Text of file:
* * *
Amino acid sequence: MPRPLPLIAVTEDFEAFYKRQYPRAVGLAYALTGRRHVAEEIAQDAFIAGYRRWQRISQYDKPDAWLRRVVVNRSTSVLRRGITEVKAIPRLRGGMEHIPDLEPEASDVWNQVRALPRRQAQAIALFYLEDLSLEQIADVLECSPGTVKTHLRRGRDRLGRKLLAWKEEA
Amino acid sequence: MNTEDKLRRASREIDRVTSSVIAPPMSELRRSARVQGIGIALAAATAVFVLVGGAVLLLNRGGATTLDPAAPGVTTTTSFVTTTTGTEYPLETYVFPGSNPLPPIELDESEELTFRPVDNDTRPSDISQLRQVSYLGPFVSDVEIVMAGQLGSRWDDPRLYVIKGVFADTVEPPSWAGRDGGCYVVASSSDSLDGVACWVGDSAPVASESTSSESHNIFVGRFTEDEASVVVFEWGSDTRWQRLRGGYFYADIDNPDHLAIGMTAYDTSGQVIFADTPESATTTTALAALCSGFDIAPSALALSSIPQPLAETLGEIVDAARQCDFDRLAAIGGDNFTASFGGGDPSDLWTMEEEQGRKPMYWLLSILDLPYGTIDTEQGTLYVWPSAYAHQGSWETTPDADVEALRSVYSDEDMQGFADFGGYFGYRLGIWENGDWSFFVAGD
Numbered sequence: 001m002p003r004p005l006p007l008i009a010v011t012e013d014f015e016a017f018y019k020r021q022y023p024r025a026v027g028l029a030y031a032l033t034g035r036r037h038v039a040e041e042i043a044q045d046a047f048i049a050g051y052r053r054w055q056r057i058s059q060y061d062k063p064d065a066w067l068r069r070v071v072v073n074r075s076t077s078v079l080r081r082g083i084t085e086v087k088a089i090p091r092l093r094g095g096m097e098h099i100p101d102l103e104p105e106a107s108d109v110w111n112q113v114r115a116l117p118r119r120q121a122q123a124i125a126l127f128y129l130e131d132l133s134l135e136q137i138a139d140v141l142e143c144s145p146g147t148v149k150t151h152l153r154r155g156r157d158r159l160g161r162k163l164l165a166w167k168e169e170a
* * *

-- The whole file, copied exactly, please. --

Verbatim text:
Amino acid sequence: MPRPLPLIAVTEDFEAFYKRQYPRAVGLAYALTGRRHVAEEIAQDAFIAGYRRWQRISQYDKPDAWLRRVVVNRSTSVLRRGITEVKAIPRLRGGMEHIPDLEPEASDVWNQVRALPRRQAQAIALFYLEDLSLEQIADVLECSPGTVKTHLRRGRDRLGRKLLAWKEEA
Amino acid sequence: MNTEDKLRRASREIDRVTSSVIAPPMSELRRSARVQGIGIALAAATAVFVLVGGAVLLLNRGGATTLDPAAPGVTTTTSFVTTTTGTEYPLETYVFPGSNPLPPIELDESEELTFRPVDNDTRPSDISQLRQVSYLGPFVSDVEIVMAGQLGSRWDDPRLYVIKGVFADTVEPPSWAGRDGGCYVVASSSDSLDGVACWVGDSAPVASESTSSESHNIFVGRFTEDEASVVVFEWGSDTRWQRLRGGYFYADIDNPDHLAIGMTAYDTSGQVIFADTPESATTTTALAALCSGFDIAPSALALSSIPQPLAETLGEIVDAARQCDFDRLAAIGGDNFTASFGGGDPSDLWTMEEEQGRKPMYWLLSILDLPYGTIDTEQGTLYVWPSAYAHQGSWETTPDADVEALRSVYSDEDMQGFADFGGYFGYRLGIWENGDWSFFVAGD
Numbered sequence: 001m002p003r004p005l006p007l008i009a010v011t012e013d014f015e016a017f018y019k020r021q022y023p024r025a026v027g028l029a030y031a032l033t034g035r036r037h038v039a040e041e042i043a044q045d046a047f048i049a050g051y052r053r054w055q056r057i058s059q060y061d062k063p064d065a066w067l068r069r070v071v072v073n074r075s076t077s078v079l080r081r082g083i084t085e086v087k088a089i090p091r092l093r094g095g096m097e098h099i100p101d102l103e104p105e106a107s108d109v110w111n112q113v114r115a116l117p118r119r120q121a122q123a124i125a126l127f128y129l130e131d132l133s134l135e136q137i138a139d140v141l142e143c144s145p146g147t148v149k150t151h152l153r154r155g156r157d158r159l160g161r162k163l164l165a166w167k168e169e170a